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Multispectral Terahertz Imaging System Incorporates Neural Network

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Researchers at UCLA have developed a focal plane array (FPA) capable of supporting real-time multispectral terahertz (THz) video in 3D. According to the team, led by UCLA professors Mona Jarrahi and Aydogan Ozcan, this is the first time a terahertz imaging system has been able to achieve real-time multispectral imaging with video capability while maintaining a high signal-to-noise ratio (SNR).

The terahertz spectrum is desirable due to its ability to penetrate opaque materials and provide unique spectral information on various chemicals, but practical implementation of this spectral region has been limited due to the slow speeds, high costs, and general complexity of current imaging systems. The problem, the researchers said, is the lack of suitable FPA detectors — components that contain radiation detectors used by the imaging system.

Current single pixel systems use raster scanning, which builds images pixel by pixel. Previous attempts to bypass raster scanning have employed nonlinear crystals, which also require bulky complicated setups and provide very low SNR levels. Another method used a time-varying spatial modulator to enable image reconstruction using acquired spatial information, but the technique proved to be slow, bulky, and costly.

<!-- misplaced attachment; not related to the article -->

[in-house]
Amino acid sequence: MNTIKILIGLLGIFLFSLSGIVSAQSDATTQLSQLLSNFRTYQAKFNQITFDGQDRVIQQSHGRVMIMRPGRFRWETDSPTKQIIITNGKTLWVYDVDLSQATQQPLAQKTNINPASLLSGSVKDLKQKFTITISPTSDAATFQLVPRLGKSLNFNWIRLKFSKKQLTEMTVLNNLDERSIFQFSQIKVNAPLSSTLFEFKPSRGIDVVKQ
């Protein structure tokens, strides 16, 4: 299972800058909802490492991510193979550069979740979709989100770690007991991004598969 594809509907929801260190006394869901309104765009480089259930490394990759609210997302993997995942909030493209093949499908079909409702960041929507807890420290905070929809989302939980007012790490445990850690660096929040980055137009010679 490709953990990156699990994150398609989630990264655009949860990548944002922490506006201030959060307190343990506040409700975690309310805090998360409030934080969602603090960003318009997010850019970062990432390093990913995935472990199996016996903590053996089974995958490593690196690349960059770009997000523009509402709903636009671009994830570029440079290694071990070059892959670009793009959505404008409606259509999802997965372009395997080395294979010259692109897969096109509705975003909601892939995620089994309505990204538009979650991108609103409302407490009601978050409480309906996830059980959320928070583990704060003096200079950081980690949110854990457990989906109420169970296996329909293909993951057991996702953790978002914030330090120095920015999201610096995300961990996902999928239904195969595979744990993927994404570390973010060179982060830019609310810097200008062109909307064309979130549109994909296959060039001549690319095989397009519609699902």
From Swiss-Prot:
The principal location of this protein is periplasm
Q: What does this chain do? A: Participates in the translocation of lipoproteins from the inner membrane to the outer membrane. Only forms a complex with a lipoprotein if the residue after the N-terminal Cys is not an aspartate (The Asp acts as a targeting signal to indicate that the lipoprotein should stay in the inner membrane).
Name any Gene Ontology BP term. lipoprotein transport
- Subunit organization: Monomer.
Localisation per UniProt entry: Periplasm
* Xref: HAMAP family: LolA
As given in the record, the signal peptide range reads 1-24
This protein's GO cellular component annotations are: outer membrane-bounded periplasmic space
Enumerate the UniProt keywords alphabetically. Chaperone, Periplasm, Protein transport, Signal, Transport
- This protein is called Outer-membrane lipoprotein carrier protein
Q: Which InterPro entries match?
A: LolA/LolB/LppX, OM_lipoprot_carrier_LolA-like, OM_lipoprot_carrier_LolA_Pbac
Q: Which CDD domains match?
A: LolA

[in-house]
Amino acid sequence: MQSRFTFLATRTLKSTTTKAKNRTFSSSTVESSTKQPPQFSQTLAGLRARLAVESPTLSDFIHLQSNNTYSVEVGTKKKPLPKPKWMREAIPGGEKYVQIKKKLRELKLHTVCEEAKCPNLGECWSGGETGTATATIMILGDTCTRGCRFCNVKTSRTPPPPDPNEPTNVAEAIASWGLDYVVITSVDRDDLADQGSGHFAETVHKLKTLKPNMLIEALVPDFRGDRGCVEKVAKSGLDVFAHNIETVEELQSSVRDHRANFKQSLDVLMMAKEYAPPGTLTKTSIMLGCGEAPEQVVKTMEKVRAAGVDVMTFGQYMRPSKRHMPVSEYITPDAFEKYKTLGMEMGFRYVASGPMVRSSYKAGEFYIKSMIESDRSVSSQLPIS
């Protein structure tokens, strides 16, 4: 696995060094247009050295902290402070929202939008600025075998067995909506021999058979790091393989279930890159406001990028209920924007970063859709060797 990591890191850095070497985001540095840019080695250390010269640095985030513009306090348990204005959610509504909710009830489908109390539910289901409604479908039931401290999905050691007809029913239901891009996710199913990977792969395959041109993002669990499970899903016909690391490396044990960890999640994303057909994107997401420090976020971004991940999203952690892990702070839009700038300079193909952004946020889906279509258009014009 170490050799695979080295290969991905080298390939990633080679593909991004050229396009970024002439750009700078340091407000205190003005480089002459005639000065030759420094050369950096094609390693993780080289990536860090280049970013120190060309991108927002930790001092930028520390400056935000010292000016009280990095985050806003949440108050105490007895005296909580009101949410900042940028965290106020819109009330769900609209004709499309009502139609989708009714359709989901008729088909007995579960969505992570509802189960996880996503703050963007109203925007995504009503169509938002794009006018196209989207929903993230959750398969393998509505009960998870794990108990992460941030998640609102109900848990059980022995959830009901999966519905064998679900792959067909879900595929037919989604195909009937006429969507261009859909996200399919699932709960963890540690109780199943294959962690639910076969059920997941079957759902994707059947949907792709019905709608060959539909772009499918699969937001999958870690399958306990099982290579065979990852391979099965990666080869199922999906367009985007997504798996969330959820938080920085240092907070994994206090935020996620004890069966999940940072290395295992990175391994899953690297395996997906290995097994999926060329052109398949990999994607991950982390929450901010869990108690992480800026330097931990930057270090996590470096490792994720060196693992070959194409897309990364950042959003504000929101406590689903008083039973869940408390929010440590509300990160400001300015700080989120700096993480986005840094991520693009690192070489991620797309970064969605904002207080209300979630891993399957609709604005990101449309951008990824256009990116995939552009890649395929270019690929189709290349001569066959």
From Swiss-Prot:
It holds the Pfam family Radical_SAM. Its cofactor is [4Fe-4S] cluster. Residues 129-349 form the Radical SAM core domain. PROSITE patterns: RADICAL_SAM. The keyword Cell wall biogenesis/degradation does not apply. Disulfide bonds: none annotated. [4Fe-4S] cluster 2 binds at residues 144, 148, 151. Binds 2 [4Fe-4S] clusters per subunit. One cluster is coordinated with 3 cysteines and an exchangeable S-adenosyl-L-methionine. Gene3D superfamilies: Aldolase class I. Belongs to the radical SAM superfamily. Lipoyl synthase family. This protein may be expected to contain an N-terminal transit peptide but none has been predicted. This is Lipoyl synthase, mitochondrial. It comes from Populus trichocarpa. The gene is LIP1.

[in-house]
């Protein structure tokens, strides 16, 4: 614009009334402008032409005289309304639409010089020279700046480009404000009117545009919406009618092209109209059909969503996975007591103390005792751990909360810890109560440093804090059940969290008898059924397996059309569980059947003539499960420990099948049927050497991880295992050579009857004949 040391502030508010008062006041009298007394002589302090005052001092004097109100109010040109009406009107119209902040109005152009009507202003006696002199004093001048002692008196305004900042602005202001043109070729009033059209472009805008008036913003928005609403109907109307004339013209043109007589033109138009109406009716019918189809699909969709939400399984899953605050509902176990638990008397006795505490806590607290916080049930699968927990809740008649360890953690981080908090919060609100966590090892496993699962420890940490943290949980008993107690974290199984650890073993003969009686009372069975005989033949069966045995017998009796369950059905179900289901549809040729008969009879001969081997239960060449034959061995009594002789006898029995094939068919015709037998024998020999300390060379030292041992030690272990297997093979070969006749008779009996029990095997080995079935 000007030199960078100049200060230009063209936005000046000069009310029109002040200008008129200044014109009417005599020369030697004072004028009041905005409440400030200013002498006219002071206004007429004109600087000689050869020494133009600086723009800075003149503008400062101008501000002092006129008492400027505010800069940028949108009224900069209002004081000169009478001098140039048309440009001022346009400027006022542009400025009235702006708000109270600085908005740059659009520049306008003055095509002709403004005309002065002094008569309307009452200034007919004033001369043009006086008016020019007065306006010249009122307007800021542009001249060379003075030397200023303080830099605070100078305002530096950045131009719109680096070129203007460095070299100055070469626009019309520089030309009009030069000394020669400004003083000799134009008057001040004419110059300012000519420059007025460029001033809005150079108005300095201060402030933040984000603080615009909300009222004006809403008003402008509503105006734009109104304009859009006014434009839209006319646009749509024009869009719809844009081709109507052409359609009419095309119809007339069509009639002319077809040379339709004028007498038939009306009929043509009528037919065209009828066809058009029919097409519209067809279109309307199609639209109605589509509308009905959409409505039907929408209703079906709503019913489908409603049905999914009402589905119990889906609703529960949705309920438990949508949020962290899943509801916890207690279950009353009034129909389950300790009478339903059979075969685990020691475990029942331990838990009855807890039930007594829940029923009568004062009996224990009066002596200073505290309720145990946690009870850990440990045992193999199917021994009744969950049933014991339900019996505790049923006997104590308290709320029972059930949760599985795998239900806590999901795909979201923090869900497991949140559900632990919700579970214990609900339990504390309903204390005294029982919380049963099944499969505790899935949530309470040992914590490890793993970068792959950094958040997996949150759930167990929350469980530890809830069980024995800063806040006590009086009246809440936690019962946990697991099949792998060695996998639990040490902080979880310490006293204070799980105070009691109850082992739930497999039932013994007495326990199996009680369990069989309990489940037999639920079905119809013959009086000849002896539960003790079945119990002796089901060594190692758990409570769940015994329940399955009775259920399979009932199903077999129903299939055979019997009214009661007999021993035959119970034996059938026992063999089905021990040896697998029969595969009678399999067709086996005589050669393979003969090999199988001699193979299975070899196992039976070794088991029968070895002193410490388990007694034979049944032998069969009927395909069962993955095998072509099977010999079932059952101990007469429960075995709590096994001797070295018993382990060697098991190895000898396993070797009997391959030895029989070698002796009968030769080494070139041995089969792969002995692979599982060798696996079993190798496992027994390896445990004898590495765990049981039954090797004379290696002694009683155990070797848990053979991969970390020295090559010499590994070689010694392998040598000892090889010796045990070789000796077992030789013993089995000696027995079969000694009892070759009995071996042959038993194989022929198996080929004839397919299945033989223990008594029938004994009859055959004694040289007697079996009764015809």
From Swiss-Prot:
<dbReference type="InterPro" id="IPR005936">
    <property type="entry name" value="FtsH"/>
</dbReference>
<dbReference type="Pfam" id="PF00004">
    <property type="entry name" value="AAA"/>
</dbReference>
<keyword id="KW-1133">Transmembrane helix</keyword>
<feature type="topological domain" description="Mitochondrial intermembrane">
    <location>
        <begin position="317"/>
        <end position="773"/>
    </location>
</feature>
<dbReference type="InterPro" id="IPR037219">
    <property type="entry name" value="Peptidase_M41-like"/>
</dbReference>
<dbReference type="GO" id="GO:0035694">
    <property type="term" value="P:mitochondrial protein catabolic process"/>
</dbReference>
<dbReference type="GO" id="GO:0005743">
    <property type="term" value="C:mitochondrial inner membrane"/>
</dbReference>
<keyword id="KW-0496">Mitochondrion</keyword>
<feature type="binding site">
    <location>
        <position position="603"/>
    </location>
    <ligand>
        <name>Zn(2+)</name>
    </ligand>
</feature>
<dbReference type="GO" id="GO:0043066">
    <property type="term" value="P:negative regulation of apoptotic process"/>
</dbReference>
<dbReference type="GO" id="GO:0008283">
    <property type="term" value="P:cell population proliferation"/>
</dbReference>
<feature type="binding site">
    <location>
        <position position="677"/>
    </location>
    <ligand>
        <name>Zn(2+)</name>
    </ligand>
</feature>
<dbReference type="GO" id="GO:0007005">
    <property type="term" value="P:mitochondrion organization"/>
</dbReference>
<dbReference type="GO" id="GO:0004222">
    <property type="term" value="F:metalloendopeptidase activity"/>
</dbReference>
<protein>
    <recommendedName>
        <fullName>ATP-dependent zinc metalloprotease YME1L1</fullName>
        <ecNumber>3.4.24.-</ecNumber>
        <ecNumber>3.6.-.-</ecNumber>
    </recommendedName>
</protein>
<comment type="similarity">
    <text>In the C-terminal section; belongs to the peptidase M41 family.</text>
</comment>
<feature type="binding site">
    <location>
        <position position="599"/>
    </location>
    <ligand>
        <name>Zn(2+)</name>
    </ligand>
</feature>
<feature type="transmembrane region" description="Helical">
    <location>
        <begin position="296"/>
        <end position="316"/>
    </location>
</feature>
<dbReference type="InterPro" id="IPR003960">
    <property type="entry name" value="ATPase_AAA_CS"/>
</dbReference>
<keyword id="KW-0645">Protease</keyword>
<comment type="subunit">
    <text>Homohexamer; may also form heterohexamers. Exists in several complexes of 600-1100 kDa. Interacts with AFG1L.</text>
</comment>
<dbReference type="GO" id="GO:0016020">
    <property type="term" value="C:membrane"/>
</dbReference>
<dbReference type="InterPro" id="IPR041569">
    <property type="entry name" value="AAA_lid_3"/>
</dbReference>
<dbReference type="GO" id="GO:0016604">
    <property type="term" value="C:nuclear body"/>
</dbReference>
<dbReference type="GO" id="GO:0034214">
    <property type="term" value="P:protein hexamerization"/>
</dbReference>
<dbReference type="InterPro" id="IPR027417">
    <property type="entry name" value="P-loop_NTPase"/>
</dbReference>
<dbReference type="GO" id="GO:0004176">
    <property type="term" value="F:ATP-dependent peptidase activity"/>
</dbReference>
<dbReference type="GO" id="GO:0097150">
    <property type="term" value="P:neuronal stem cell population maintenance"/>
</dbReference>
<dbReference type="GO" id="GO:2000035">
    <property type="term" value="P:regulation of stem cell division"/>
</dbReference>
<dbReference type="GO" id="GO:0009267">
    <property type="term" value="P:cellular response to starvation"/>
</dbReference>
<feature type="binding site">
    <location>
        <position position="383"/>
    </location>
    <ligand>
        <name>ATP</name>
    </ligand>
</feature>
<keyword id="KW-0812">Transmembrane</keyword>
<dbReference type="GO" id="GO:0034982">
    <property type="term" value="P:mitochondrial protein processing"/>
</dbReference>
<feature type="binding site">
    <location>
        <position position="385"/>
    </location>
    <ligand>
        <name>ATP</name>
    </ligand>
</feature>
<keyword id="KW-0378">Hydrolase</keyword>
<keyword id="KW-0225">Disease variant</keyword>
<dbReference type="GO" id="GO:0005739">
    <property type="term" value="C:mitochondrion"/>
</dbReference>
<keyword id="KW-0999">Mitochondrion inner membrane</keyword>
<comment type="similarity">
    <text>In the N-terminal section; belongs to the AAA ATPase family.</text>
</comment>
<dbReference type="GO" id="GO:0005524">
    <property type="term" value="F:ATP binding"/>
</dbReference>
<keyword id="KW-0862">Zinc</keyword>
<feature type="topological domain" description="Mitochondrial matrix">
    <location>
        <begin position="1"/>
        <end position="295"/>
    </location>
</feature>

A focal-plane array developed at UCLA captures multispectral terahertz images in real time, aided by a trained neural network to enhance the resolution. The system is video-capable and is being commercialized by UCLA spinoff Lookin Inc. Courtesy of Terahertz Electronics Laboratory/UCLA.
A focal-plane array (FPA) developed at UCLA captures multispectral terahertz (THz) images in real time, aided by a trained neural network to enhance the resolution. The system is video-capable and is being commercialized by UCLA spinoff Lookin Inc. Courtesy of Terahertz Electronics Laboratory/UCLA.

In contrast, the THz-FPA developed by the UCLA team bypasses the need for raster scanning by directly providing spatial amplitude and phase distributions, as well as an object’s temporal and spectral data. Additionally, the resolution of the captured images is enhanced in real time by a machine learning-trained neural network.

The THz-FPA consists of a 2D array of 283,500 plasmonic nanoantennas, engineered to detect broadband terahertz radiation with a high SNR when used in a terahertz time-domain spectroscopy (THz-TDS) system. To simplify data readout from the THz-FPA, the plasmonic nanoantennas are grouped into 7 × 9 clusters, and the collective response of all the nanoantenna clusters is electronically captured at each temporal point to simultaneously resolve their time-domain response.

The system extracts the amplitude and phase responses of the THz-FPA outputs from the time-domain data over a 3-THz bandwidth. It captures the THz-FPA outputs at each temporal point in 164 μs using an electronic readout, enabling time-domain THz video capture at 16 fps.